[Alt-photo] Digital negatives help?

Niranjan Patel nirpat89 at yahoo.com
Wed Sep 28 19:47:49 UTC 2016


OK, let me show the method behind my madness.

Please click the link and use altalt as a password to get in the page where I have added two jpegs illustrating my procedure.


After developing my initial process based on the composite black on B9180, I set out to do the colorizing negative in search of higher UV opacity needed to bump up the white point of the prints.  For that I eliminated the Blue as a variable which is probably a safe choice, so I don't have to work in the 3D.  Then I varied R and G from 0% to 100% with step size of 10% (that translates to 25-26 in RGB points) to come up an 11x11 matrix that is shown on Figure 1.  The grid lines were made with pure black (0/0/0) so the comparison of under-performance and over-performance can be visibly made. The square on the top right corner is also 0/0/0.

Figure 2 is the resulting scan of the print.  It can be immediately seen where the best cluster of squares is.  I picked the square, marked by a circle, corresponding to the 51/128/0 in the negative as the best candidate based on both the numbers as well as the fact that as one moved away from it, the squares became significantly noisier, even when the readings were comparable.  (I have noticed that the print from a colorized negative has more noise than from a straight one, particularly in the mid to darker tones for which I am working on a solution to - a subject for discussion at perhaps an another time.)

Next I took 51/128/0 as my center and created another checker board, varying R and G in smaller steps of 2% (equivalent to 5 in RGB points.)  Figure 3 is the result of that.  After printing and scanning, as seen on Figure 4, the results point to a new center of gravity for opacity which is at 61/118/0, albeit the improvement is modest - from 223 of 51/128/0 (marked by a circle) to 227 of 61/118/0 (marked by a square.)  We are really splitting hairs here, but the difference is real.  It was encouraging that although I did both of these a a few days apart, the results were consistent.  

Now about the additional black layer as per your suggestion:

You can easily test this quickly by producing a
series of digital step tablets with progressive opacities (of the black
layer) printing them all on a single sheet of OHP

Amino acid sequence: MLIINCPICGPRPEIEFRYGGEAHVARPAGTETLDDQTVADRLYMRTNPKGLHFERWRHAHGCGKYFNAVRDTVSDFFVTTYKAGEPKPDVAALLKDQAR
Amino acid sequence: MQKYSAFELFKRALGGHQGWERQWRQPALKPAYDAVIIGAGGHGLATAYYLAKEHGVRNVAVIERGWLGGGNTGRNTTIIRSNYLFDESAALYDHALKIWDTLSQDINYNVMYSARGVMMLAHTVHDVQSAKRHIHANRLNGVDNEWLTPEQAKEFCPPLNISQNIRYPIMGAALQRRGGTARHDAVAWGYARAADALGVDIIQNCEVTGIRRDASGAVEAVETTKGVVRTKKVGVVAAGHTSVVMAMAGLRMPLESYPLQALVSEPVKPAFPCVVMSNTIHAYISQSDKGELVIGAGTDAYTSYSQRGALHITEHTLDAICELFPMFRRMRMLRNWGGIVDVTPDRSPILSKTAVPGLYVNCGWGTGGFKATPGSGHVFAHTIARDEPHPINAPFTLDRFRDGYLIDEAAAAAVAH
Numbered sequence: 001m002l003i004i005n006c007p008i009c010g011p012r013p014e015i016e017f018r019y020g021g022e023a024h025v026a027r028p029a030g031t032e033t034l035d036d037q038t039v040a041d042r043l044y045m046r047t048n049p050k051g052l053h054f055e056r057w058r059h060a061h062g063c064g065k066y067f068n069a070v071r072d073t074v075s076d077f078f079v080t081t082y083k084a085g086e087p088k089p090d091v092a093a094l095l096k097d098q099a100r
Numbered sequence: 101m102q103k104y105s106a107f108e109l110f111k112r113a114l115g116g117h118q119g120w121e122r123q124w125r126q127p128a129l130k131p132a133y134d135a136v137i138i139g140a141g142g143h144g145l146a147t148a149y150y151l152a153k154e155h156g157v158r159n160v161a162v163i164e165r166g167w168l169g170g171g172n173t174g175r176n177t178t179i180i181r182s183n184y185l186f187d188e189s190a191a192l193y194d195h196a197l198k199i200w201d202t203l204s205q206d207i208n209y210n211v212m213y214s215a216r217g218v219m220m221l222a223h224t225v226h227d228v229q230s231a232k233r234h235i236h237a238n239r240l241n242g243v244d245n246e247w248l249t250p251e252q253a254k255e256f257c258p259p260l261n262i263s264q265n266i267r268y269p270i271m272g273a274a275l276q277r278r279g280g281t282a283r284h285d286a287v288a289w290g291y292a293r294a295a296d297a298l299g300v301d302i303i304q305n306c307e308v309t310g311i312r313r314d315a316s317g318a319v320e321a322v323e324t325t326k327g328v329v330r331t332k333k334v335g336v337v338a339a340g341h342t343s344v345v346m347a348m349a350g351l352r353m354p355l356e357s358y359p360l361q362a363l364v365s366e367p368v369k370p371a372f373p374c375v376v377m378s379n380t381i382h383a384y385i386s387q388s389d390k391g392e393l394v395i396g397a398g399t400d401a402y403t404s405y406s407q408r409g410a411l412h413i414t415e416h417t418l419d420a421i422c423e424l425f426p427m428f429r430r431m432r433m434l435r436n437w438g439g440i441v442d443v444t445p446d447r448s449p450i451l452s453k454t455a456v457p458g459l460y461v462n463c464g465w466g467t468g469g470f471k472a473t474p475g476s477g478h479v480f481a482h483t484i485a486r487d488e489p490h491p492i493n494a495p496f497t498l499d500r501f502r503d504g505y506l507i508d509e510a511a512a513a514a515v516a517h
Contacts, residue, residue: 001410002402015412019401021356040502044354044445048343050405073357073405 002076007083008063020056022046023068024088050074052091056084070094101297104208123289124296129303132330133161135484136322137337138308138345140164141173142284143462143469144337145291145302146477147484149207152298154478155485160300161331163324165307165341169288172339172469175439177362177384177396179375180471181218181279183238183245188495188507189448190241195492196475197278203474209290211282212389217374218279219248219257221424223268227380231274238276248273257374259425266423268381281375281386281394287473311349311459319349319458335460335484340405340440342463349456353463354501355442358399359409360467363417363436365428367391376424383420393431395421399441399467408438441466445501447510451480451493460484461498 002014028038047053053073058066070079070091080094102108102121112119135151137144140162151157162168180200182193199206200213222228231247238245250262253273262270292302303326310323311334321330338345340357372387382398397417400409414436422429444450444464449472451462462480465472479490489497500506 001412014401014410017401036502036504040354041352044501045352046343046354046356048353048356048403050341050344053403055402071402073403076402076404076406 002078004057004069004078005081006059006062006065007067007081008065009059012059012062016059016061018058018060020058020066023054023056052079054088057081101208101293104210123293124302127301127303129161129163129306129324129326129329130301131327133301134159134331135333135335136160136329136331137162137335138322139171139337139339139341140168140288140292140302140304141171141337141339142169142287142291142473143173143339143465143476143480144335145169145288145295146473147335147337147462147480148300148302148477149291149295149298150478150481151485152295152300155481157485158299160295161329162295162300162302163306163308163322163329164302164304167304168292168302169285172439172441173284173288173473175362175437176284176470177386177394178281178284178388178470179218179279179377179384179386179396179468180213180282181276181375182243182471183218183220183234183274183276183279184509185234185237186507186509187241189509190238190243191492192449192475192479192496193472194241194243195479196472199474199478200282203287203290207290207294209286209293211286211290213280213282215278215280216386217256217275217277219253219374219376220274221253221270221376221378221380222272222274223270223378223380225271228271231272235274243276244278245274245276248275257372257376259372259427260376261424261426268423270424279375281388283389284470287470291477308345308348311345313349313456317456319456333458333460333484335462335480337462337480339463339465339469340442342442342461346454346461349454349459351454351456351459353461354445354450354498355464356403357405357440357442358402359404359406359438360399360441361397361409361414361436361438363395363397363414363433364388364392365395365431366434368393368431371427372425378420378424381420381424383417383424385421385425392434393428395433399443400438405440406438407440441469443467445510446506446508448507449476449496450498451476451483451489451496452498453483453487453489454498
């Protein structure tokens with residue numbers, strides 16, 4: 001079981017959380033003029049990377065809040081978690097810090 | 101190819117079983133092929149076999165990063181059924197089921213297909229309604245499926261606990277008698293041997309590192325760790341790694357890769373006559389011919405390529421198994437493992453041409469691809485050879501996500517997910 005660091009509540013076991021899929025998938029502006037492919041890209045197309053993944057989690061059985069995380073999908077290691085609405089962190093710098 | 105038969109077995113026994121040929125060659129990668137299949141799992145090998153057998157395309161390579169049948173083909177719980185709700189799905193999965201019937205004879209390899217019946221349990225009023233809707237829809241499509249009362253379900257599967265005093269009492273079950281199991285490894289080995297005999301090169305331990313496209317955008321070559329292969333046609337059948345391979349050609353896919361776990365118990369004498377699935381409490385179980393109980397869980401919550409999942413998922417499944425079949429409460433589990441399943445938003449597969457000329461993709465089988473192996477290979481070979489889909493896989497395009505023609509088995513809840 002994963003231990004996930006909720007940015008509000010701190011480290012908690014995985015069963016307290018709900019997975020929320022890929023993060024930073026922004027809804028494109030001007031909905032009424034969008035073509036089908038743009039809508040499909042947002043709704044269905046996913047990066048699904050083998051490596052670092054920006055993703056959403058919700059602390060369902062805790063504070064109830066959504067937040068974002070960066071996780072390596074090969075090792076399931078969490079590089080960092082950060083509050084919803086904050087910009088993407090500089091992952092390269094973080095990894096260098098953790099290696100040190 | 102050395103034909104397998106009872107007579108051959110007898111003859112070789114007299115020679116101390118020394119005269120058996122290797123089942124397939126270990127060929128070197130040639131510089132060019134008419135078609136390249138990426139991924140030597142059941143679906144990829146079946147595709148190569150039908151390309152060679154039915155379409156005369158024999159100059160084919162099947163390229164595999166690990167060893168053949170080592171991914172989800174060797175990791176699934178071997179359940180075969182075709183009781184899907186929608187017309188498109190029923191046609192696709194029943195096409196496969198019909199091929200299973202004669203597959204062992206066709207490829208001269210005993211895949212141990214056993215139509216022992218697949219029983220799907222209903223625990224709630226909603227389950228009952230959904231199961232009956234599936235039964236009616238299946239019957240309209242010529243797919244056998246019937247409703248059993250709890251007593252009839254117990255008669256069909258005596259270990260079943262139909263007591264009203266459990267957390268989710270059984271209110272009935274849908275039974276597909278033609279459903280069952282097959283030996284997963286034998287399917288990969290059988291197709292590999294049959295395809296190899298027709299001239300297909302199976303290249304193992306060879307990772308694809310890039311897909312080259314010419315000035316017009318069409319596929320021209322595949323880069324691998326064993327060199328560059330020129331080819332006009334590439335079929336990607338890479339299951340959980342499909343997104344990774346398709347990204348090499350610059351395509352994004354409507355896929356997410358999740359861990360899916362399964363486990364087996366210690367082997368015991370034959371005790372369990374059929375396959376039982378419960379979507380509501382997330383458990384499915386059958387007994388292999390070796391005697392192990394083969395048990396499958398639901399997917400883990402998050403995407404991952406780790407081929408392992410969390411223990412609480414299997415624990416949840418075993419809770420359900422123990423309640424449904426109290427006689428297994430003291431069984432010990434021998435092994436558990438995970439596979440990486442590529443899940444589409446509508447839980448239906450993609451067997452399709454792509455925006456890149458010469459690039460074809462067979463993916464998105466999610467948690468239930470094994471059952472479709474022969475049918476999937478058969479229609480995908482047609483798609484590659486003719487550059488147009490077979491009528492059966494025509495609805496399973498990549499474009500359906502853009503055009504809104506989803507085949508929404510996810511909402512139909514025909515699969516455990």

You really don't have to do the step wedge, only a block of 0/0/0 (before colorizing) in order to simplify the process.  So if I take that 0/0/0 block and colorize with my old green shade of 51/128/0 and put the Black layer on Multiply and vary the opacity.  "Blending if" options at this point do not matter.  Here is what happens to the final values:

Black Layer Opacity -  Final R/G/B values

0% - 51/128/01% - 51/127/03% - 50/125/05% - 49/124/0 7% - 49/122/010% - 47/119/0

All of these values are in the matrix of Figure 3, within 2 or 3 points.  I have marked the 5% point as A and 10% point as B to illustrate.  

So are you going to start printing salt after you run out of POP? 


I have a lb of Silver Nitrate sitting in my fridge for about the same time as the POPs (hopefully it is still good) that says I ought to.  Also have some Pt/Pd chemistry that I may want to do some printing with.  May be before salt.  




 From: Don via Alt-photo-process-list <alt-photo-process-list at lists.altphotolist.org>
 To: alt-photo-process-list at lists.altphotolist.org 
Cc: Don <donsbryant at gmail.com>
 Sent: Tuesday, September 27, 2016 5:12 PM
 Subject: Re: [Alt-photo] Digital negatives help?
4.  I use AdobeRGB 16-bit color space in Photoshop as well as in the
scanner.  Printing is done at HP's "Maximum DPI" from 1200 dpi files.    
My question was buried at the end of my long-winded backgrounder in
yesterday's post.  In any case, I think I have the answer to that one now.

I grok a lot of what you are describing, but I question your methodology. If
your blocking color is R=51, G = 128 then I would think you still have head
room to extend the UV density of your digital negative using that greenish
color path. However if you wish to use a black ink layer to target the steps
or part of the adjustment curve it should be very simple to do with the
Blend If method I listed for Henry. 

IME, doing that makes the negative get very dense quickly. At the time I was
testing this method, I was producing VDB and kalitype negatives and found
that the opacity of the black only layer needed to be set to a very low
amount - like about 5%. You can easily test this quickly by producing a
series of digital step tablets with progressive opacities (of the black
layer) printing them all on a single sheet of OHP. I flatten all of the
layers before printing and use the Text tool to label each giving me a
record to keep in my testing files. That way you can hone the required value
with one or two sheets of paper. For those two processes a black ink really
isn't needed when printing with Epson OEM pigmented inks. 

So are you going to start printing salt after you run out of POP? 

Don Bryant


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